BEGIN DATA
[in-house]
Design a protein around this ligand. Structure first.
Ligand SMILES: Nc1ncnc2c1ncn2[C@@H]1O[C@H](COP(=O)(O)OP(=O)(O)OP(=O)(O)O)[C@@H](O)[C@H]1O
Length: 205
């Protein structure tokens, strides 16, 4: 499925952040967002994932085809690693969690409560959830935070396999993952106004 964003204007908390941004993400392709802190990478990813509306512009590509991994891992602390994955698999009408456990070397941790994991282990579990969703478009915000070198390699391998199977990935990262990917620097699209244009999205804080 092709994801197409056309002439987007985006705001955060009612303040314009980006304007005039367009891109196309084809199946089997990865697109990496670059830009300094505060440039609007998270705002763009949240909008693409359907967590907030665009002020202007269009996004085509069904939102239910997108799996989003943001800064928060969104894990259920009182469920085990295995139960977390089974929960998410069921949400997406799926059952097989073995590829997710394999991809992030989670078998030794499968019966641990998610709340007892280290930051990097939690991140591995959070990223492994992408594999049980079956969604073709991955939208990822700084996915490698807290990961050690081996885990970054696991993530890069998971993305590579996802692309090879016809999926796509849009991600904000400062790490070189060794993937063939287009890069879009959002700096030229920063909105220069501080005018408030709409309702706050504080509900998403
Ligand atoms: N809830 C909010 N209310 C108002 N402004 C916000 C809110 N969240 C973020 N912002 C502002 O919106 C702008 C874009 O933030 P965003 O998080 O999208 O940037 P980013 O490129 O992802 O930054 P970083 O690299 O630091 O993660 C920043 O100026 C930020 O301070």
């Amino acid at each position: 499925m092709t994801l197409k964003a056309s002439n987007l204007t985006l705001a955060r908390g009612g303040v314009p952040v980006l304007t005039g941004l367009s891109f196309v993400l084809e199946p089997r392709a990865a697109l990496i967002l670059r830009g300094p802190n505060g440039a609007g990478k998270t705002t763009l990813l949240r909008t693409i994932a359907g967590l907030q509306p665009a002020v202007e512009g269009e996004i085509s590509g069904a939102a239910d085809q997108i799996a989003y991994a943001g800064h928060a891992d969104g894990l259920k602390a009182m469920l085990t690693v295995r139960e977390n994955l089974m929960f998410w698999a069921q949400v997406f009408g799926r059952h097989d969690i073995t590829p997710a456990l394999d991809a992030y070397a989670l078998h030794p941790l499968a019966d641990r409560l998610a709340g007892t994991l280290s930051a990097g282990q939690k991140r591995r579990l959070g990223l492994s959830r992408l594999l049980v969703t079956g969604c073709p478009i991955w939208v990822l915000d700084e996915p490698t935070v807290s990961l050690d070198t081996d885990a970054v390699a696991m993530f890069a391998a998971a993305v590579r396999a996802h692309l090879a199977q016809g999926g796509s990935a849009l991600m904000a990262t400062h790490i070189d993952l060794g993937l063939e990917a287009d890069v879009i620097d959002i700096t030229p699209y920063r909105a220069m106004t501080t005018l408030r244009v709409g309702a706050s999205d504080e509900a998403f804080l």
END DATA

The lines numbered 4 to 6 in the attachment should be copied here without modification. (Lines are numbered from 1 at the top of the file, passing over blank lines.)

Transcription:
Length: 205
């Protein structure tokens, strides 16, 4: 499925952040967002994932085809690693969690409560959830935070396999993952106004 964003204007908390941004993400392709802190990478990813509306512009590509991994891992602390994955698999009408456990070397941790994991282990579990969703478009915000070198390699391998199977990935990262990917620097699209244009999205804080 092709994801197409056309002439987007985006705001955060009612303040314009980006304007005039367009891109196309084809199946089997990865697109990496670059830009300094505060440039609007998270705002763009949240909008693409359907967590907030665009002020202007269009996004085509069904939102239910997108799996989003943001800064928060969104894990259920009182469920085990295995139960977390089974929960998410069921949400997406799926059952097989073995590829997710394999991809992030989670078998030794499968019966641990998610709340007892280290930051990097939690991140591995959070990223492994992408594999049980079956969604073709991955939208990822700084996915490698807290990961050690081996885990970054696991993530890069998971993305590579996802692309090879016809999926796509849009991600904000400062790490070189060794993937063939287009890069879009959002700096030229920063909105220069501080005018408030709409309702706050504080509900998403
Ligand atoms: N809830 C909010 N209310 C108002 N402004 C916000 C809110 N969240 C973020 N912002 C502002 O919106 C702008 C874009 O933030 P965003 O998080 O999208 O940037 P980013 O490129 O992802 O930054 P970083 O690299 O630091 O993660 C920043 O100026 C930020 O301070």